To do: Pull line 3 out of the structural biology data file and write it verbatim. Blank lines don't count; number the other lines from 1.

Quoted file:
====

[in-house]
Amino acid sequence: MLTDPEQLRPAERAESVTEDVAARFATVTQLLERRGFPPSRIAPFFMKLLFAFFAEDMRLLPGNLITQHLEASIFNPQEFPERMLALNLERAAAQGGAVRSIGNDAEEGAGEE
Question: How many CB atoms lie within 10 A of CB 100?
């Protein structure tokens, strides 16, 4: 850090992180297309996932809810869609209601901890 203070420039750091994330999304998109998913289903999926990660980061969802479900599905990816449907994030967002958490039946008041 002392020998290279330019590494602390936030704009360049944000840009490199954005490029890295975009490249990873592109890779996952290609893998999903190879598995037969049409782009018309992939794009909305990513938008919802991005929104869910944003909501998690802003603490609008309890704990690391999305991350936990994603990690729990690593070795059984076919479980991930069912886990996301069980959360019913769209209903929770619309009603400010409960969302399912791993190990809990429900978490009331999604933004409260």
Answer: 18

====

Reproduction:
Question: How many CB atoms lie within 10 A of CB 100?